We now enjoy the effects of constitutional rules which encourage all citizens to think of themselves as ‘men of wealth and fashion.’ One consequence was the impoverishment of single mothers whose men are no longer required, in St. Augustine’s formulation, to “either marry or burn.” A second consequence was the imperfect socialization of large numbers of young men, one foreseen by Bertrand Russell in his Marriage and Morals of 1927, in which he forecast existential despair for purposeless young men whose women had ‘ married the State’
and received the benefit of new creches and subsidies. It is thus not surprising that more than half of white women with children, unlike their childless counterparts, voted for an unlikely champion in the person of Donald J. Trump (although it can be said for Trump that unlike many practitioners of serial matrimony, he has not abandoned his young).

Akerlof and Yellen in 1996 were pessimistic that anything could be done about the consequences of ‘the pill’ and freely available abortion, but recent experience with ‘welfare reform’ suggests they might be wrong. People are driven in their life decisions by fundamental fears, not by leaflets and the outpourings of either the mass media or Washington advocacy groups. When it was discovered after the 1996 law that pregnancy no longer conferred an automatic right to independence from one’s mother and 18 years of State payments, but rather a series of hassles involving work requirements and five-year time limits, the rate of pregnancies to unmarried teenagers sharply fell from 213 per thousand in 1990 to 65 per thousand in 2016.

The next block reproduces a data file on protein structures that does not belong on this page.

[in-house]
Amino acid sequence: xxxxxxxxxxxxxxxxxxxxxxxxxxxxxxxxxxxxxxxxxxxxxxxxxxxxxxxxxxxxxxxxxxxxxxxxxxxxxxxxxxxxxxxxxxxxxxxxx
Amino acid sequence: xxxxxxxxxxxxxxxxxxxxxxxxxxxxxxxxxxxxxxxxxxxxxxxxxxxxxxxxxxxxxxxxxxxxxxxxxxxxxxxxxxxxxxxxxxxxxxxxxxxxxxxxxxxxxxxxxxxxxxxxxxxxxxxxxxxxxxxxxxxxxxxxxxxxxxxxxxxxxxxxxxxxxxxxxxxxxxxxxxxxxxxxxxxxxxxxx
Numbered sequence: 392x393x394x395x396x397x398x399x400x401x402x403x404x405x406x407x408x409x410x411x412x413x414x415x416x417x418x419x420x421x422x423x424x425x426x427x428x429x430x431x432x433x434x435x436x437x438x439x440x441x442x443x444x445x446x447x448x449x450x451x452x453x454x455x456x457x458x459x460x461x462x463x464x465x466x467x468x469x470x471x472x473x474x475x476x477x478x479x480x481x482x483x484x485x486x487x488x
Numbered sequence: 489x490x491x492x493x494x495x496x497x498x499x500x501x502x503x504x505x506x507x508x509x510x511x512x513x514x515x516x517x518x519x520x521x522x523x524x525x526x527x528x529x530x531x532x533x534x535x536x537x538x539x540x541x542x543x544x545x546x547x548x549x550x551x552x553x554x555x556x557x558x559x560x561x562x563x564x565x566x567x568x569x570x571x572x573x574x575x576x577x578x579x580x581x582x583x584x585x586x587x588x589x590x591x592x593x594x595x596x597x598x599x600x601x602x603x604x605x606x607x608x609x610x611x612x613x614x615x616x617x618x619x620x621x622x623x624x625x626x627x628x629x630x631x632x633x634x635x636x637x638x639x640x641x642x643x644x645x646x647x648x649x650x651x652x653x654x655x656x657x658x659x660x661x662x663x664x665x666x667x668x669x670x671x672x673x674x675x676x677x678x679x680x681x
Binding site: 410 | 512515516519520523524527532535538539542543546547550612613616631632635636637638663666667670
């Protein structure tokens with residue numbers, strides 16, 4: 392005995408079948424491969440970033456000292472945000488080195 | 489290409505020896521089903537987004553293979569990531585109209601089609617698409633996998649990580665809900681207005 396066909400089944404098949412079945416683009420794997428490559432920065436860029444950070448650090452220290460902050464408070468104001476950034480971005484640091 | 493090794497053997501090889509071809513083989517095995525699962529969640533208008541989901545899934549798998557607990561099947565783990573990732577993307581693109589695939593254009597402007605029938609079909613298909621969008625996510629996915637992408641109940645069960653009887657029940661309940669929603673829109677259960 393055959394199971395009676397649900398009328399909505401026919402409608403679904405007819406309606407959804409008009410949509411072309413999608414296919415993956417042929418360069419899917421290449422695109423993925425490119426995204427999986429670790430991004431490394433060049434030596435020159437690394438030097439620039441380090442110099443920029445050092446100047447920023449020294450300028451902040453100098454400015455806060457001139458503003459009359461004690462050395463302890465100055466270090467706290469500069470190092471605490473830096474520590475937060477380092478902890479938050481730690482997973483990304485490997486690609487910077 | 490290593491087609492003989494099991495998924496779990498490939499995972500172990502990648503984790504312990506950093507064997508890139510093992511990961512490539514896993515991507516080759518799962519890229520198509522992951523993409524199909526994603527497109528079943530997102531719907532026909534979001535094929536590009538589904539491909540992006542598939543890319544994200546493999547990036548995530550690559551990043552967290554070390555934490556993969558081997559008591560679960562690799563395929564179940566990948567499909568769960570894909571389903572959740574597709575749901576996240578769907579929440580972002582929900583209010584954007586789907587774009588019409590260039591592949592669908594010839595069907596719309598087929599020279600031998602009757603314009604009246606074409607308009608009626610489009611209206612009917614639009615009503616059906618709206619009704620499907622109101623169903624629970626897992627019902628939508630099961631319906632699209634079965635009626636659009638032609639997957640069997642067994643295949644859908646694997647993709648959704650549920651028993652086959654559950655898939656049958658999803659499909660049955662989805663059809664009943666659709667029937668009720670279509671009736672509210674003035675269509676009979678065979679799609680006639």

Abortion policy in a number of continental European countries suggests that mandatory counseling requirements, absolute prohibitions of third-term abortions, and measures introducing elements of delay, uncertainty, public censure, and expense into the abortion process produce lower proportions of births out of wedlock. The French legislation sponsored by Simone Veil as Health Minister in a Conservative government in 1974 envisaged “information about the medical risks of terminating a pregnancy and the risks of premature births of future children. . . information about birth control. . . we have made an obligation on pain of administrative closure, for the establishments where abortions are performed. . . two interviews, together with a mandatory eight-day period for consideration, seemed necessary to make the woman understand that this is not a normal or banal act but a serious decision that cannot be undertaken without first fully considering all the consequences and which should be avoided at all costs.. . . we deemed it necessary to emphasize the seriousness of an act that must remain the exception even if, in some cases, it involves a financial cost to the women.” (S.Veil, A Life: A Memoir (London: Haus Publishing,2009), 260,263-64,266.